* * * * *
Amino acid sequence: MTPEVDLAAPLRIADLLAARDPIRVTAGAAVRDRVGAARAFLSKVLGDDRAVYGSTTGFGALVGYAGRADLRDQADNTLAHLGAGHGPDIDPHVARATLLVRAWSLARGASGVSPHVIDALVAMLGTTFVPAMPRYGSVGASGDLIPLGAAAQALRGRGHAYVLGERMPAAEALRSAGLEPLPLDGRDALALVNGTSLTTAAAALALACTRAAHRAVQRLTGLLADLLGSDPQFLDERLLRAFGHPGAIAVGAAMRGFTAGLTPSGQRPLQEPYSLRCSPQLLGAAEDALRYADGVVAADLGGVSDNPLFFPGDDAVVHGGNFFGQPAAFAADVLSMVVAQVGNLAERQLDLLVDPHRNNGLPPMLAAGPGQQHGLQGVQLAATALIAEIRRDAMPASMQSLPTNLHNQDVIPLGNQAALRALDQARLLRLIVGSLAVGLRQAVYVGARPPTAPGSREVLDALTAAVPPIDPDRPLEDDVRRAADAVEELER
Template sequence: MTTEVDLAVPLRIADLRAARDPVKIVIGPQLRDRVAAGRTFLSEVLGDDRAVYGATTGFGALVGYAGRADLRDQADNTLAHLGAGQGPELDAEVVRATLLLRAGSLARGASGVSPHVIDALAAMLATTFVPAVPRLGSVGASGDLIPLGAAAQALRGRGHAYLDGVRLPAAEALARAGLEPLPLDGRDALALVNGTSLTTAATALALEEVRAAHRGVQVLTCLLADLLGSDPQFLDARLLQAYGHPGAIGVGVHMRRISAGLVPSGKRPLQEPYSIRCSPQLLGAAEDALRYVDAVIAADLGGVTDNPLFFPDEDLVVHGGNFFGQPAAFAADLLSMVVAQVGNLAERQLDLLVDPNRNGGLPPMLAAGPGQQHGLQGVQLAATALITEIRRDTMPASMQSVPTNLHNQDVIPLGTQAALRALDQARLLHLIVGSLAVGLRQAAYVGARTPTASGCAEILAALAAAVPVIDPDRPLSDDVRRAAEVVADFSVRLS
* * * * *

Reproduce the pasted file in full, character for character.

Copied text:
Amino acid sequence: MTPEVDLAAPLRIADLLAARDPIRVTAGAAVRDRVGAARAFLSKVLGDDRAVYGSTTGFGALVGYAGRADLRDQADNTLAHLGAGHGPDIDPHVARATLLVRAWSLARGASGVSPHVIDALVAMLGTTFVPAMPRYGSVGASGDLIPLGAAAQALRGRGHAYVLGERMPAAEALRSAGLEPLPLDGRDALALVNGTSLTTAAAALALACTRAAHRAVQRLTGLLADLLGSDPQFLDERLLRAFGHPGAIAVGAAMRGFTAGLTPSGQRPLQEPYSLRCSPQLLGAAEDALRYADGVVAADLGGVSDNPLFFPGDDAVVHGGNFFGQPAAFAADVLSMVVAQVGNLAERQLDLLVDPHRNNGLPPMLAAGPGQQHGLQGVQLAATALIAEIRRDAMPASMQSLPTNLHNQDVIPLGNQAALRALDQARLLRLIVGSLAVGLRQAVYVGARPPTAPGSREVLDALTAAVPPIDPDRPLEDDVRRAADAVEELER
Template sequence: MTTEVDLAVPLRIADLRAARDPVKIVIGPQLRDRVAAGRTFLSEVLGDDRAVYGATTGFGALVGYAGRADLRDQADNTLAHLGAGQGPELDAEVVRATLLLRAGSLARGASGVSPHVIDALAAMLATTFVPAVPRLGSVGASGDLIPLGAAAQALRGRGHAYLDGVRLPAAEALARAGLEPLPLDGRDALALVNGTSLTTAATALALEEVRAAHRGVQVLTCLLADLLGSDPQFLDARLLQAYGHPGAIGVGVHMRRISAGLVPSGKRPLQEPYSIRCSPQLLGAAEDALRYVDAVIAADLGGVTDNPLFFPDEDLVVHGGNFFGQPAAFAADLLSMVVAQVGNLAERQLDLLVDPNRNGGLPPMLAAGPGQQHGLQGVQLAATALITEIRRDTMPASMQSVPTNLHNQDVIPLGTQAALRALDQARLLHLIVGSLAVGLRQAAYVGARTPTASGCAEILAALAAAVPVIDPDRPLSDDVRRAAEVVADFSVRLS